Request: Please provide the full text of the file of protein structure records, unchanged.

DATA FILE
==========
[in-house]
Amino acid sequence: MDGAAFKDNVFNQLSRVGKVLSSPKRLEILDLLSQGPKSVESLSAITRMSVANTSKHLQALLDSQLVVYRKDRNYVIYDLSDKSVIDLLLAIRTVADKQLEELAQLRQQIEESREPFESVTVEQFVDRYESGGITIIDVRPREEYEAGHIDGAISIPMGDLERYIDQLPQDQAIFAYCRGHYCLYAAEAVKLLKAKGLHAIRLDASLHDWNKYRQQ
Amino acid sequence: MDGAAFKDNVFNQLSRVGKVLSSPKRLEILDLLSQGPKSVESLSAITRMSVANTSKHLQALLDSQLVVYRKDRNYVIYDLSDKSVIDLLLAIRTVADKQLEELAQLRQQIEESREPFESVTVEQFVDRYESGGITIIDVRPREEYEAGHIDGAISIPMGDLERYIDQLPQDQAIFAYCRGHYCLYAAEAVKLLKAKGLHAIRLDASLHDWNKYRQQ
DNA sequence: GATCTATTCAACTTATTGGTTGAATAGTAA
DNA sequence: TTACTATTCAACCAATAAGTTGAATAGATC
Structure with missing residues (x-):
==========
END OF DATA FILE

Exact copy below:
[in-house]
Amino acid sequence: MDGAAFKDNVFNQLSRVGKVLSSPKRLEILDLLSQGPKSVESLSAITRMSVANTSKHLQALLDSQLVVYRKDRNYVIYDLSDKSVIDLLLAIRTVADKQLEELAQLRQQIEESREPFESVTVEQFVDRYESGGITIIDVRPREEYEAGHIDGAISIPMGDLERYIDQLPQDQAIFAYCRGHYCLYAAEAVKLLKAKGLHAIRLDASLHDWNKYRQQ
Amino acid sequence: MDGAAFKDNVFNQLSRVGKVLSSPKRLEILDLLSQGPKSVESLSAITRMSVANTSKHLQALLDSQLVVYRKDRNYVIYDLSDKSVIDLLLAIRTVADKQLEELAQLRQQIEESREPFESVTVEQFVDRYESGGITIIDVRPREEYEAGHIDGAISIPMGDLERYIDQLPQDQAIFAYCRGHYCLYAAEAVKLLKAKGLHAIRLDASLHDWNKYRQQ
DNA sequence: GATCTATTCAACTTATTGGTTGAATAGTAA
DNA sequence: TTACTATTCAACCAATAAGTTGAATAGATC
Structure with missing residues (x-):